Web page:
Events are rescheduled all the time. Many of us live highly planned and structured lives, in which changes to plans are more of the rule than the exception. When changing the time of an event, you might say that a dinner has been pushed back an hour, or that a trip has been moved up. But you probably don’t say that the meeting has been pushed to the right. Unless you’re a member of the US military.
That’s the main finding from research that I completed with Ben Bergen and Tyler Marghetis. Specifically, members of the US military find lateral metaphors (the words “left” and “right”) more acceptable for talking about time than civilians do. Phrases like “Next Wednesday’s meeting was moved two days to the right, to Friday” were more acceptable to military members than to civilians.
You can read more about that research in an earlier post I wrote, but one of the most important parts of that research is the so what? — why we found it useful to work on this topic in the first place. It’s not just that one subgroup of English speakers uses conventions that others don’t. Instead, we find it significant that English speakers generally think about time in terms of lateral space (something that has been shown extensively by other cognitive psychologists), but only a subset of us (military members, apparently) actually talk about it that way. Yet it’s a logical way to talk. It avoids ambiguity inherent in phrases like “Next Wednesday’s meeting was moved forward two days.” (Is this meeting on Monday or Friday? People are divided on this answer).
In this regard, military members might be ahead (to the right?) of the rest of us — they might have conventionalized a system of metaphors that will gradually become more mainstream.
When we first wrote these ideas and presented them to academic audiences, I thought there was a chance we were right — that someday it would be very normal in standard American English for someone to say that “Next Wednesday’s meeting was moved two days to the right, to Friday.” I thought this because my husband is in the military and says things like this to me regularly. Soon he might not be in the military, but might continue to say things like this, particularly at work with civilians. Who might, in turn, start using the lateral metaphors at home with their own families. And so on. It seems possible that these lateral metaphors are in the process of catching on with the larger population of American English speakers.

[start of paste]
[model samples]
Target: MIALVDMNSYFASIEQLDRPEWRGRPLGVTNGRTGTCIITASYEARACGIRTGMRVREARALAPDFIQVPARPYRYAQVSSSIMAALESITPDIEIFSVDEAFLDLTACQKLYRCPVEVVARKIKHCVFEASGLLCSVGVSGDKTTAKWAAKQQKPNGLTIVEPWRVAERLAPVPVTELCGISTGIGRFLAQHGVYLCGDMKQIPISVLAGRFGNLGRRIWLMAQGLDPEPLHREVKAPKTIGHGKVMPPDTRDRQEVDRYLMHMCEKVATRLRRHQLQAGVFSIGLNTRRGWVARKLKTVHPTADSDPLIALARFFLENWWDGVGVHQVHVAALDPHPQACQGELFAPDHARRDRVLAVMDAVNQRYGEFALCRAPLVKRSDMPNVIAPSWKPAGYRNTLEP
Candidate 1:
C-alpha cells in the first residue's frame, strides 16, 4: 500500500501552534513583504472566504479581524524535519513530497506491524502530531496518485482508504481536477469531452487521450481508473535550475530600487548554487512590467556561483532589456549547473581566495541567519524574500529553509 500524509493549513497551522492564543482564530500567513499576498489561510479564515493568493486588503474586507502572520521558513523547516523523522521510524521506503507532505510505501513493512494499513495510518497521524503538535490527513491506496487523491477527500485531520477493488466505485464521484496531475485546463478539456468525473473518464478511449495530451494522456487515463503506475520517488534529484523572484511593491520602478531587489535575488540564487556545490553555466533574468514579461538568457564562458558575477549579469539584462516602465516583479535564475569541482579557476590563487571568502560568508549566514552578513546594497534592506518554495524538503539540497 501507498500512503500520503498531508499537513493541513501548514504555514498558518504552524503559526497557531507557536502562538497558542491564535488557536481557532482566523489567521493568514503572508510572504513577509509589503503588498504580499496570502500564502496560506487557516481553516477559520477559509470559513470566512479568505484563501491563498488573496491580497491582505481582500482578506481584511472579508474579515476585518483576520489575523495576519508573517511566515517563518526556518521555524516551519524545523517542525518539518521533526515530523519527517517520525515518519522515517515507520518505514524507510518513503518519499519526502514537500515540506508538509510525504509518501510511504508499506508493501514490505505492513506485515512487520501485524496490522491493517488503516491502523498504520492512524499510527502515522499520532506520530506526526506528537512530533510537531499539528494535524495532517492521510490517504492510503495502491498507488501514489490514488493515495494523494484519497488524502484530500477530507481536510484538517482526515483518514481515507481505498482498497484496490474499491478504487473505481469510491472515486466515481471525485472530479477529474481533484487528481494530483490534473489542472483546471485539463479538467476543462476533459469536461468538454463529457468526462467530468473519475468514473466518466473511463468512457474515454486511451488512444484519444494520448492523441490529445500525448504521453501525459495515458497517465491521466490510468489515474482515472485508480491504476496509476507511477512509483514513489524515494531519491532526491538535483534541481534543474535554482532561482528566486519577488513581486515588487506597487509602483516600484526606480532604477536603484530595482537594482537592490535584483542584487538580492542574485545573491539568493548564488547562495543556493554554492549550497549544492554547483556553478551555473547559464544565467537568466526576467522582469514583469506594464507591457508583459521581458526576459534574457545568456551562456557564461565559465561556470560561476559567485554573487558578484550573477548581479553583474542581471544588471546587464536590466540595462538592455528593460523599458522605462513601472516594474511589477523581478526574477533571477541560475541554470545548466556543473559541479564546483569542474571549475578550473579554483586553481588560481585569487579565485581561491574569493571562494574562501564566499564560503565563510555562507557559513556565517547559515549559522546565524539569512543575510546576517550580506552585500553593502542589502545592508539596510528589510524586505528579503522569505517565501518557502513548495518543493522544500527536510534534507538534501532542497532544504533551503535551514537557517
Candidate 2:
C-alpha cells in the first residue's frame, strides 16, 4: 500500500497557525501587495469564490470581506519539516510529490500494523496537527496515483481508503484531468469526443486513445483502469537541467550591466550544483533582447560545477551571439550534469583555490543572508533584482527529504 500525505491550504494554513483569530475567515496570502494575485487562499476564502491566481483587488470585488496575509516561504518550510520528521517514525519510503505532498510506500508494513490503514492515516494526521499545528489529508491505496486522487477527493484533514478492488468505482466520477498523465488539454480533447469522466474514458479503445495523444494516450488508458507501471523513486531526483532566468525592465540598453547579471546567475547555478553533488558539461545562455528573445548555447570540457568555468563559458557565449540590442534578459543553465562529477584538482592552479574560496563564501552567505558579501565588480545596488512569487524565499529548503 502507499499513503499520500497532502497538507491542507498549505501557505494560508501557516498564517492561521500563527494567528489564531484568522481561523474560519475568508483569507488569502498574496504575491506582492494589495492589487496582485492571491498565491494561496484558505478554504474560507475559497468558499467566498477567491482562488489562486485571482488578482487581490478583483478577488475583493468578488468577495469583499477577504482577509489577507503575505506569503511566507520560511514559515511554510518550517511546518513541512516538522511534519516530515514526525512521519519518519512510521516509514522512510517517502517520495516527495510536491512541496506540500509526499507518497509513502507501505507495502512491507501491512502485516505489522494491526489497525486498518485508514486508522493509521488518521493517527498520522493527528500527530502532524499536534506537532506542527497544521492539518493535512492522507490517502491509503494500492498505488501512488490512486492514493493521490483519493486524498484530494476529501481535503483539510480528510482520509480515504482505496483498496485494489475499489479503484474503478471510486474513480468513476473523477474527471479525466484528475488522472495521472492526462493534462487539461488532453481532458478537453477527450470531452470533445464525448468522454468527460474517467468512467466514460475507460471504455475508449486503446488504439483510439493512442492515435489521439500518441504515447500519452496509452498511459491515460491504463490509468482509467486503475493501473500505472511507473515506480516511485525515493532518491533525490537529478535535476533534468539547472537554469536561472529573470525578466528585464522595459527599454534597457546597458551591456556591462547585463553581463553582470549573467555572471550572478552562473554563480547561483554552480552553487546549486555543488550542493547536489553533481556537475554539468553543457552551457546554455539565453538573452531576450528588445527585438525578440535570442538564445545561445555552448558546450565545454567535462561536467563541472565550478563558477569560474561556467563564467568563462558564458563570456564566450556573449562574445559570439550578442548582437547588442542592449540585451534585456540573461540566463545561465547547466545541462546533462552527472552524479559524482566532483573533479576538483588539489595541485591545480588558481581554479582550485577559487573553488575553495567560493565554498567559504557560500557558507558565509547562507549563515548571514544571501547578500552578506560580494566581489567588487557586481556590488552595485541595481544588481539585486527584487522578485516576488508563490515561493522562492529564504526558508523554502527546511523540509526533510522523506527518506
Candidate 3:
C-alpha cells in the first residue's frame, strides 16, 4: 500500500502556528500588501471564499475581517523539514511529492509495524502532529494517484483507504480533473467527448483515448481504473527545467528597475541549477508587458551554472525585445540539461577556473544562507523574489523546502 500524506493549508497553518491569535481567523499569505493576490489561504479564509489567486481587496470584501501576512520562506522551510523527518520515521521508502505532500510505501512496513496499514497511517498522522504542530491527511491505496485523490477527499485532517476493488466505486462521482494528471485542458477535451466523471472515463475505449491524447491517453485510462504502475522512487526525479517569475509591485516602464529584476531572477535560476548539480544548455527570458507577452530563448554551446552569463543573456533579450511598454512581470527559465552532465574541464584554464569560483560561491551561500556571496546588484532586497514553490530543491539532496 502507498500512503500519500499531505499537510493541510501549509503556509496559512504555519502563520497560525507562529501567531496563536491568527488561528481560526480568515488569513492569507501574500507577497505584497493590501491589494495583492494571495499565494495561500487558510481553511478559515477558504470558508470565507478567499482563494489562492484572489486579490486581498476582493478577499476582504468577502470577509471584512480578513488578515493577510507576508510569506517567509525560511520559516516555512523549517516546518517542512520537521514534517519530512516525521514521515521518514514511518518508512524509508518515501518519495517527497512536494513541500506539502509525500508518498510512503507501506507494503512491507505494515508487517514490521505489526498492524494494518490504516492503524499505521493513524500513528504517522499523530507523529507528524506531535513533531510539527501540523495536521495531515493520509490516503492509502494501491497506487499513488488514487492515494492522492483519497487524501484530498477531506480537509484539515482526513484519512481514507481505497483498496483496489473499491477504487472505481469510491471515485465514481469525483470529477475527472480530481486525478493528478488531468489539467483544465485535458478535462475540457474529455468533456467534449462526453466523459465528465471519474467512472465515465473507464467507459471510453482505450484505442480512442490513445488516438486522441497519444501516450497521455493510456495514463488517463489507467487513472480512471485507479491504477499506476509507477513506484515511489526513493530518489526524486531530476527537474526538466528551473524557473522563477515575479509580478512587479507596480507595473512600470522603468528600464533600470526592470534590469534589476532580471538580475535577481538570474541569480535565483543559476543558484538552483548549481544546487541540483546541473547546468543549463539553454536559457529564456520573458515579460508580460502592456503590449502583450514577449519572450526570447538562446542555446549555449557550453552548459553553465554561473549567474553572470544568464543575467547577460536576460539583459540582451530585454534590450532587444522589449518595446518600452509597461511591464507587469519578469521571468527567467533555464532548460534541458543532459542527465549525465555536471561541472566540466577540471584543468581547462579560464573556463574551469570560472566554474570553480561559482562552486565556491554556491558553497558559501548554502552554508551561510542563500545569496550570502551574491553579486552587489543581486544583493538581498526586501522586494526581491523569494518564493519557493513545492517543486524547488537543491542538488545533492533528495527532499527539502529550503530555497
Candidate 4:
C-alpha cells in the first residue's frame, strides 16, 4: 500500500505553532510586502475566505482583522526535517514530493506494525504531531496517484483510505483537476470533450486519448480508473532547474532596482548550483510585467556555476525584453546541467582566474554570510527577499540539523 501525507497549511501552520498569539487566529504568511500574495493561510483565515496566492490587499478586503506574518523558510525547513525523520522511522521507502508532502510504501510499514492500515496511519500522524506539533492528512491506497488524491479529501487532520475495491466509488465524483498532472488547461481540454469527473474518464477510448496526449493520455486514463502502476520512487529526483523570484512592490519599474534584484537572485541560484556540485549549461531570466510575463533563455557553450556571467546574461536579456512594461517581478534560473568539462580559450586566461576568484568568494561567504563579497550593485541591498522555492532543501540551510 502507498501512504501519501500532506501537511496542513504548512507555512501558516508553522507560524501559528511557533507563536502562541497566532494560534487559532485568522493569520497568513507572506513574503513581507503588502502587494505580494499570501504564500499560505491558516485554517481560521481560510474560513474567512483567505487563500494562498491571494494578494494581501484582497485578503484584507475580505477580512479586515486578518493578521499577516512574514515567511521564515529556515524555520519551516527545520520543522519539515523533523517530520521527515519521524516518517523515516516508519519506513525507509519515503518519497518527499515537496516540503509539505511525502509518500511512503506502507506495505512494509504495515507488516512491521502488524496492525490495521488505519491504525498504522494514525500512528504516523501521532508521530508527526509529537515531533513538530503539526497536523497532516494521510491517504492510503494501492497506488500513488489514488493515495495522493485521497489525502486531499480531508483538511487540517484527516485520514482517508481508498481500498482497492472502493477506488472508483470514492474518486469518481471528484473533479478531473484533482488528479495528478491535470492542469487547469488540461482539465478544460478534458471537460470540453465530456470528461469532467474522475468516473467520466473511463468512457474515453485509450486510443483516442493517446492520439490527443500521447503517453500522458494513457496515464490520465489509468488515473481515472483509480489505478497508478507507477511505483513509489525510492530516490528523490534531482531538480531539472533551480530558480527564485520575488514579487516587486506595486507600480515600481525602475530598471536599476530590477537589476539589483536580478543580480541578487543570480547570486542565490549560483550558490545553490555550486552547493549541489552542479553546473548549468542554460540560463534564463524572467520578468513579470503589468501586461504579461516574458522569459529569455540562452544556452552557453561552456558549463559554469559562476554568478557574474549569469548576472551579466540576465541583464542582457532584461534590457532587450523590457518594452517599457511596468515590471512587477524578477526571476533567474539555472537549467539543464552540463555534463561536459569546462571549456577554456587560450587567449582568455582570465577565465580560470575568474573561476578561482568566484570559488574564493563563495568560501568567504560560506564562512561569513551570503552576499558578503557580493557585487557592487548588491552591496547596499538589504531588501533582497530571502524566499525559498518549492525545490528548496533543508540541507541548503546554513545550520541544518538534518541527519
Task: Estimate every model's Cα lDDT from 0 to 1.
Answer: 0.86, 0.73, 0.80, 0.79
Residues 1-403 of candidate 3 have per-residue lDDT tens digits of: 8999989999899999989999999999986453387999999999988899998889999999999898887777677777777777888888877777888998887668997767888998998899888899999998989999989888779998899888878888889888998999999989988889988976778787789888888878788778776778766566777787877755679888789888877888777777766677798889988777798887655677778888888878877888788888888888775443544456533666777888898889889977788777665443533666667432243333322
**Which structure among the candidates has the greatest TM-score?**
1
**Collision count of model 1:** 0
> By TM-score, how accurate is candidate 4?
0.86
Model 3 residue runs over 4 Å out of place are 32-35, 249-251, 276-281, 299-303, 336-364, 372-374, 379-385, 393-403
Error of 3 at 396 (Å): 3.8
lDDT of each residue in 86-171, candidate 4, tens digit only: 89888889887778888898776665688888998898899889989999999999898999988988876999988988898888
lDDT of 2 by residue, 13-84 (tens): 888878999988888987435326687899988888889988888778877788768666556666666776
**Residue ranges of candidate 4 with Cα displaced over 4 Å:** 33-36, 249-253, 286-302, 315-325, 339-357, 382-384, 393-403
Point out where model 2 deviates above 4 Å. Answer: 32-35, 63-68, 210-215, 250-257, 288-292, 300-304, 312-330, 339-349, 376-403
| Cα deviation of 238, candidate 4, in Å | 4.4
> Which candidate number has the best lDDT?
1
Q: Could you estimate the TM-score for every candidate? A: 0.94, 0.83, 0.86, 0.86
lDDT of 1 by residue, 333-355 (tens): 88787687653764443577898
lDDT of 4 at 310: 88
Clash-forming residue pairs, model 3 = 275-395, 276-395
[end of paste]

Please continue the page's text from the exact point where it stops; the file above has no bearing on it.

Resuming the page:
This seemed like a solid enough idea in theory, but I wasn’t sure I’d put money on it actually happening.
Then I saw this billboard in a metro station.
To be honest, I didn’t know what being “left of boom” meant at first. But when I actually went to the site, I learned that the company behind the ad (authentic8) is selling a secure remote browser called Silo. Their entire advertisement (in billboards and online) is an extension of the metaphor that earlier things are to the left and later things to the right. “Boom” is “an exploit, a data leak, compliance violation, or worse.” Bad cyber security tools “work right of boom. They assess and analyze content after it’s hit your network. By then it’s too late.”
I don’t know the particular target audience for these ads. Maybe many people in companies that might buy Silo have military (or government) work experience. In these cases, it’s likely that those targeted by the ads are at least somewhat familiar with this explicit lateral metaphor for talking about time. But I’d also guess that military- and government-adjacent people are not the only target customers. Authentic8 is counting on potential customers to either be familiar with lateral metaphors or to intuitively understand them.
I have no idea if their advertising strategy is effective. Do people even understand the ads? Or, on the flip side, do they understand them so easily that they don’t even notice the strange metaphor? Will one of my colleagues start talking about moving meetings left and right soon?
I don’t know — so stay tuned!